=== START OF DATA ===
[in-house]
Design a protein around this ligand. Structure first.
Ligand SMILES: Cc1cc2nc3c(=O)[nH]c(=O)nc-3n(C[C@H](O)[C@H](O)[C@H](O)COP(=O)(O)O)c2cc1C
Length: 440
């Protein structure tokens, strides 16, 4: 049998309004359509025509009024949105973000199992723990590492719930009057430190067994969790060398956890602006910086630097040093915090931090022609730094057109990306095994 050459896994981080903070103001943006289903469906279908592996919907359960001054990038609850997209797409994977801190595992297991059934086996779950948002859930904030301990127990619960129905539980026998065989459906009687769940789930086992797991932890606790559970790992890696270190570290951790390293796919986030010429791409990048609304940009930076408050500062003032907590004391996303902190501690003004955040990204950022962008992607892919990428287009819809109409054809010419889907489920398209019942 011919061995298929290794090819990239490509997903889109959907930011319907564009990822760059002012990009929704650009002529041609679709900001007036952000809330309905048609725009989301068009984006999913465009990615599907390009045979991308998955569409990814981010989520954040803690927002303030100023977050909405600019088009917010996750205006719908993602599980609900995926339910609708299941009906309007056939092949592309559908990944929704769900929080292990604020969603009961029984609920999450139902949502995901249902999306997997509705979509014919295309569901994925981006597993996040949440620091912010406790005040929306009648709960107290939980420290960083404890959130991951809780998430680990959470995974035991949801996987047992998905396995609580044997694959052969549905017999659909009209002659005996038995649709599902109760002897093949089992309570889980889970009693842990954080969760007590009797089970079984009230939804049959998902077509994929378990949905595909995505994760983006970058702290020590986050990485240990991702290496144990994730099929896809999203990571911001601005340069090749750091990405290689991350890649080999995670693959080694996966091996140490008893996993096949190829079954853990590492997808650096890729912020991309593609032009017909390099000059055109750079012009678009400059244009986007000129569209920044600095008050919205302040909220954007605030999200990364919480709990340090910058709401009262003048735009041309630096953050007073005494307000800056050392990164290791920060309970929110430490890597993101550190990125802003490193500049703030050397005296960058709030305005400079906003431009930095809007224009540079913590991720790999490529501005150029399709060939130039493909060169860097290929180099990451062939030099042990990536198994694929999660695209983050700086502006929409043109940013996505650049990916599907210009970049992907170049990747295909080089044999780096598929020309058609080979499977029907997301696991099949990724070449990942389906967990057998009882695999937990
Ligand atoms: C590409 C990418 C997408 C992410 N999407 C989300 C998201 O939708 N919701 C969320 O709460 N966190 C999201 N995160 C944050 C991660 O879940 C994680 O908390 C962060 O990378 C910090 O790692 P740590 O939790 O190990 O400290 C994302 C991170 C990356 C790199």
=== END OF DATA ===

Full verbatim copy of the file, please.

[in-house]
Design a protein around this ligand. Structure first.
Ligand SMILES: Cc1cc2nc3c(=O)[nH]c(=O)nc-3n(C[C@H](O)[C@H](O)[C@H](O)COP(=O)(O)O)c2cc1C
Length: 440
């Protein structure tokens, strides 16, 4: 049998309004359509025509009024949105973000199992723990590492719930009057430190067994969790060398956890602006910086630097040093915090931090022609730094057109990306095994 050459896994981080903070103001943006289903469906279908592996919907359960001054990038609850997209797409994977801190595992297991059934086996779950948002859930904030301990127990619960129905539980026998065989459906009687769940789930086992797991932890606790559970790992890696270190570290951790390293796919986030010429791409990048609304940009930076408050500062003032907590004391996303902190501690003004955040990204950022962008992607892919990428287009819809109409054809010419889907489920398209019942 011919061995298929290794090819990239490509997903889109959907930011319907564009990822760059002012990009929704650009002529041609679709900001007036952000809330309905048609725009989301068009984006999913465009990615599907390009045979991308998955569409990814981010989520954040803690927002303030100023977050909405600019088009917010996750205006719908993602599980609900995926339910609708299941009906309007056939092949592309559908990944929704769900929080292990604020969603009961029984609920999450139902949502995901249902999306997997509705979509014919295309569901994925981006597993996040949440620091912010406790005040929306009648709960107290939980420290960083404890959130991951809780998430680990959470995974035991949801996987047992998905396995609580044997694959052969549905017999659909009209002659005996038995649709599902109760002897093949089992309570889980889970009693842990954080969760007590009797089970079984009230939804049959998902077509994929378990949905595909995505994760983006970058702290020590986050990485240990991702290496144990994730099929896809999203990571911001601005340069090749750091990405290689991350890649080999995670693959080694996966091996140490008893996993096949190829079954853990590492997808650096890729912020991309593609032009017909390099000059055109750079012009678009400059244009986007000129569209920044600095008050919205302040909220954007605030999200990364919480709990340090910058709401009262003048735009041309630096953050007073005494307000800056050392990164290791920060309970929110430490890597993101550190990125802003490193500049703030050397005296960058709030305005400079906003431009930095809007224009540079913590991720790999490529501005150029399709060939130039493909060169860097290929180099990451062939030099042990990536198994694929999660695209983050700086502006929409043109940013996505650049990916599907210009970049992907170049990747295909080089044999780096598929020309058609080979499977029907997301696991099949990724070449990942389906967990057998009882695999937990
Ligand atoms: C590409 C990418 C997408 C992410 N999407 C989300 C998201 O939708 N919701 C969320 O709460 N966190 C999201 N995160 C944050 C991660 O879940 C994680 O908390 C962060 O990378 C910090 O790692 P740590 O939790 O190990 O400290 C994302 C991170 C990356 C790199």